In this game the Arabs for the moment held the trumps. In that very year, 1884, the European scramble for Africa began in earnest. The Arabs understood the ways of the white people, they hated them because they were the suppressors of the slave-trade, and they understood how to play upon the feelings of Mwanga. The white men, they said, were plotting "to eat Uganda." Nor was there wanting evidence. The tale of Gordon's doings in the Sudan had reached Uganda in Mtesa's time and an expedition from him had visited Uganda; rumours were coming in of the ruthless operations of the Germans near the coast and of the Belgian advance up the Congo; while both French and English had stations at the south of the lake. From all sides Uganda was hemmed in and threatened. One cannot wonder that the Arabs were easily able to use all these facts to their advantage, or that the young king of a powerful and warlike African nation should have allowed his suspicions to be fanned into a flame. His hostility naturally turned against the white missionaries and their converts, culminating in a personal attack on Mackay and Ashe and in the burning of three of their converts on January 31st, 1885.
But the persecution had not the desired effect; it produced no hatred or resentment among the Christians, and in spite of stern orders to the contrary, large numbers came to Mackay, Ashe and O'Flaherty to be taught.
Meanwhile Bishop Hannington was on his way to Uganda as its first bishop and was coming by the healthier and shorter northern route, through Kikuyu and the Masai country. Wise and courageous as was the attempt to open this new route, under the circumstances it was unfortunate. It was by the north-east that the Arabs had prophesied that the white invader would come. Mackay was fully aware of this danger and sent warning letters to Hannington, but he had already left the coast and the letters were not forwarded. Another unfortunate incident added to the danger. Relying on a letter from Hannington giving his plans, Mackay assured Mwanga that the bishop would arrive at Lower Kavirondo and cross the lake by boat, and would not come through Busoga, the neighbour state of Uganda, which was guarded by the chief Luba.
Unfortunately Hannington, ignorant of danger, changed his plans and pushed on with a handful of men into Busoga, where he was arrested by Luba. Mwanga's worst fears and suspicions were aroused; the Arabs were right and Mackay had deceived him. Yielding to the persuasion of his heathen chiefs he had the bishop put to death. Mackay and his fellow-missionaries only saved their lives by a present to the king.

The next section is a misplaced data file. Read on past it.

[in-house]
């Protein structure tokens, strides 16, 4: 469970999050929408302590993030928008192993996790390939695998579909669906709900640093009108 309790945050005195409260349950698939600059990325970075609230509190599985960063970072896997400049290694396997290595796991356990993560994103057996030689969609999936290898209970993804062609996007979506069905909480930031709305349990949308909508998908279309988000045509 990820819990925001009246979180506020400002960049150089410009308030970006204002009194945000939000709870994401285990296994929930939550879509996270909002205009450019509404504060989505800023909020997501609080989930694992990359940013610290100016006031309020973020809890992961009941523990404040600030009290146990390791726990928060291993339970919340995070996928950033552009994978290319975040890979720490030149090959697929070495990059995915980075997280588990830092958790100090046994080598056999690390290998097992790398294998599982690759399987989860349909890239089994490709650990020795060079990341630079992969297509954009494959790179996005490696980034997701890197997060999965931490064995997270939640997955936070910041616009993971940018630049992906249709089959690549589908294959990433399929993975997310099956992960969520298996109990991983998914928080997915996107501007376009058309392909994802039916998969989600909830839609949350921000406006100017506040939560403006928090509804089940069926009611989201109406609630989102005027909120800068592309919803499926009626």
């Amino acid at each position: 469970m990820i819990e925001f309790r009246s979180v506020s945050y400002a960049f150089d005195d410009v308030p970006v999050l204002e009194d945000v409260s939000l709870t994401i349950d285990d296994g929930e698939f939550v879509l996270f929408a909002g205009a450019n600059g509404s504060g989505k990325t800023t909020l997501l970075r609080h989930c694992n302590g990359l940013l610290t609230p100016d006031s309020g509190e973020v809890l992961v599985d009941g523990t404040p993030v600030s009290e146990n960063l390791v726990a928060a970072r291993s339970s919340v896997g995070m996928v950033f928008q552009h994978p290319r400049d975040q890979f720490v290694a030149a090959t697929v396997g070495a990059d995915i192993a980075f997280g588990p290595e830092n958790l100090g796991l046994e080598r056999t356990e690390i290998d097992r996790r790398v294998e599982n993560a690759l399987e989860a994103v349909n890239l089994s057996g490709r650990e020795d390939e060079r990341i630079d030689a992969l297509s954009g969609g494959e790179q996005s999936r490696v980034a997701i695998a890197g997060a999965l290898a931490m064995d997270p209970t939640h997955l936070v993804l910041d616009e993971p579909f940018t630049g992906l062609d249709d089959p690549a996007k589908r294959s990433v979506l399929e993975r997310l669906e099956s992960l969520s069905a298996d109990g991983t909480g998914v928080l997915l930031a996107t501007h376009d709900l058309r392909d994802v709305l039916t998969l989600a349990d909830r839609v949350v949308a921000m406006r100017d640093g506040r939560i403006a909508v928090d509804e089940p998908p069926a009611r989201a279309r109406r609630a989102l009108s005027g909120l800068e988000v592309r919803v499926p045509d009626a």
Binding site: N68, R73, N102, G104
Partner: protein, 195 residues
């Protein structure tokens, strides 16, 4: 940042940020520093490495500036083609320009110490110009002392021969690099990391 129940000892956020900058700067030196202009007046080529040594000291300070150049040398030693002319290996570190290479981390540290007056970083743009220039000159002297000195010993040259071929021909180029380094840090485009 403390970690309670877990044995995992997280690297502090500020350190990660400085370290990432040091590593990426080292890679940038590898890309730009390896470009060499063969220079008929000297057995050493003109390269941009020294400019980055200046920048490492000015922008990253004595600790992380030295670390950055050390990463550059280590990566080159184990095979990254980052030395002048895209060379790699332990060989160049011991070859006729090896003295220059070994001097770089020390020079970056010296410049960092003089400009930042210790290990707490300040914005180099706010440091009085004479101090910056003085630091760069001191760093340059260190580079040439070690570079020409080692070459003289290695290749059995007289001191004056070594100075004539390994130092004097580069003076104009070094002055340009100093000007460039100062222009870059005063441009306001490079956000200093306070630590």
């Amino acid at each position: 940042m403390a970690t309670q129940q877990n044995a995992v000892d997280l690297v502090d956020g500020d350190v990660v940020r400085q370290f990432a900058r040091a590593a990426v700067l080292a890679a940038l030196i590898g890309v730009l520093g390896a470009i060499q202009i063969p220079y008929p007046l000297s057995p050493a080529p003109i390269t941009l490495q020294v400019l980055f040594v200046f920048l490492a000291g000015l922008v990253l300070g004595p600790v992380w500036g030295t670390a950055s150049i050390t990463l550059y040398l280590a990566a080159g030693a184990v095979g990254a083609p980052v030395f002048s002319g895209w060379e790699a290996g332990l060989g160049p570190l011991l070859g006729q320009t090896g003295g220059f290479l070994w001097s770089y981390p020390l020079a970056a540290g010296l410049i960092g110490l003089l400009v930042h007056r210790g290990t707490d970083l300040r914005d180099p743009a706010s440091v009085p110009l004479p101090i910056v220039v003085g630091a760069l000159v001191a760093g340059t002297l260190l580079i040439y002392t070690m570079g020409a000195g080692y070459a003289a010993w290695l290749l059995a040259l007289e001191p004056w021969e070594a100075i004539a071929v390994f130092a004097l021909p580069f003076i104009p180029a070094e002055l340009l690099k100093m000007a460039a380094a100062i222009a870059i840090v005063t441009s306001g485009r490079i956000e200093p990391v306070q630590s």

It was a terrible blow to the mission, but considering all the circumstances--Mwanga's upbringing in a court that often literally swam in human blood, and the effect of the Arabs' suggestions--his action can hardly be wondered at. But the deed once committed, the memory of it haunted Mwanga with a continual fear of reprisals from the white people. At first he held his hand and for eight months the numbers of the Christians steadily increased, until in June 1886 they came into sharp collision with Mwanga and the Mohammedans by the refusal of some of the court pages to take part in the evil ways of the court.
Once again the Arabs played on the king's fears, warning him of the growing power of the white party in Uganda and the probability of retaliation. Again the king's alarm blazed out in sudden savagery. An order was issued that all Christians should be put to death, and Roman Catholics and Protestants alike were murdered in hundreds, thirty of them being publicly burnt at Mengo.
But just as in Mtesa's reign the rising tide of Christianity had been checked by the queen-mother, so now it was the refusal of Mwanga's queen-mother to surrender her Christian servants that stayed the persecution. It is a significant revelation of the power of women in African life.
Meanwhile Ashe had left the country, and in the next year, 1887, Mwanga yielded to the Arabs and banished Mackay. He consented, however, to receive in his place a young missionary, Gordon, influenced no doubt by his being a namesake of the great general. Mackay took refuge at the south of the Great Lake and never again returned to Uganda, but by his translations and by means of messengers he was the strength and counsel of the Protestant party until his death. In 1888 Gordon was joined by Walker, who brought the sad news of the death by fever at the south of the lake of Bishop Parker, Hannington's successor.